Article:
It would be a shame if potential viewers were turned off by the seemingly insular Jewishness of the Coen Brothers' new film A Serious Man, since it may very well be the directors' most universal film. Untethered to any specific genre, much less violent than their typical work, and less aesthetically aggressive than some of their other films of this decade like Burn After Reading and The Man Who Wasn't There, A Serious Man is also a rare contemporary film that addresses religion without demeaning its practitioners. The Coens' methods, from their gleaming cinematography to their theatrical characterizations, remain un-trendy, even anachronistic, and their new film disproves once and for all the accusations of nihilism that have unfairly reoccurred in criticism of their work. A Serious Man is imbued with loving, purportedly autobiographical detail, and is the most emotionally rich film yet from two filmmakers whose work has always been so.
The film begins and ends elliptically. We're first treated to an eerie Yiddish-language prologue worthy of Isaac Singer, where an eastern European couple is visited by an elderly man. He may be a ghost as the wife believes, or he may be the harmless villager he claims to be. In either case, they cast him out and life goes on; the scene ends with the couple wondering what the outcome of their actions will be. We're invited to read this little parable as somehow the beginning of a curse, one that implicitly winds its way through the generations to Larry Gopnik (Michael Stuhlbarg), a physics professor in a Jewish Minneapolis suburb in the late 1960s. But I'm more inclined to view it as a sort of folk tale about the persistence of unknowing—an inclination that's strengthened by the film's haunting final images, of literal and figurative gathering storms, that occur after the long suffering protagonist finally experiences some degree of happiness.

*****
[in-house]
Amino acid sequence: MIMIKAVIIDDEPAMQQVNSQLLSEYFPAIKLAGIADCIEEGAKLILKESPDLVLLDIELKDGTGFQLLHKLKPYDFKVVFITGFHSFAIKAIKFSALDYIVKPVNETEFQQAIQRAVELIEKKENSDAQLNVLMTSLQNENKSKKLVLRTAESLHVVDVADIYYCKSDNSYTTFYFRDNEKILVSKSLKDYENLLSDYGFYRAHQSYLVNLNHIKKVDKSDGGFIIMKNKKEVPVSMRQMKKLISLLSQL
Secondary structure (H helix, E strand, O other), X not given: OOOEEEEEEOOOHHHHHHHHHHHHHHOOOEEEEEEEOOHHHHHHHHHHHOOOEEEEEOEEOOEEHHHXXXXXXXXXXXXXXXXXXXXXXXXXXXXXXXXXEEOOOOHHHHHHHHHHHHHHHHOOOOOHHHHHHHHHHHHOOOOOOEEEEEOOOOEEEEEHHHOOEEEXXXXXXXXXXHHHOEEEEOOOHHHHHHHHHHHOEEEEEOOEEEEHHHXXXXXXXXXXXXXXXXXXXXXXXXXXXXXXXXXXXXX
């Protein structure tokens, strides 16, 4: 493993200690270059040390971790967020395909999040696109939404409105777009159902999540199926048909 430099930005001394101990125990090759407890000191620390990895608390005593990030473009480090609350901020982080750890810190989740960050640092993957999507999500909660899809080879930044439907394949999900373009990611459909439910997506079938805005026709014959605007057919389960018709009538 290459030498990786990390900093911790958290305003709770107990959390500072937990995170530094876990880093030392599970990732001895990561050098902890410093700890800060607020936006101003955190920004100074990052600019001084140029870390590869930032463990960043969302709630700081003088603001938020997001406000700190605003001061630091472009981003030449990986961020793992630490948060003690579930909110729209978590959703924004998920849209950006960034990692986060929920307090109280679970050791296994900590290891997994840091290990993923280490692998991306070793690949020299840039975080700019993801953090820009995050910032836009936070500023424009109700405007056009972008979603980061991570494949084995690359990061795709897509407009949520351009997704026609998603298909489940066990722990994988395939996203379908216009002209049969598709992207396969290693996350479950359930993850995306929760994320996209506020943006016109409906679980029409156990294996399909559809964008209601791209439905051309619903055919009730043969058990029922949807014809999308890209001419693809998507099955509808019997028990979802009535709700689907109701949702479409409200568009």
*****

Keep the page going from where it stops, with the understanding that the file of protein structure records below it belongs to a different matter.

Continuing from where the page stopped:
At the outset, however, Larry's marriage is ending, his children have no visible respect for him, his shot at tenure is uncertain, a student is seemingly blackmailing him after a test, and his schlemiel brother Arthur is sleeping in the living room with no plans to move out. Despite initial appearances, the Coens' characterizations are too multi-faceted and Larry is afforded too much dignity for this premise to seem overly cruel or one-sided; as always, Roger Deakins' photography hugs the landscape and the perfectly art-directed interiors, and even the smallest walk-on roles make an impression.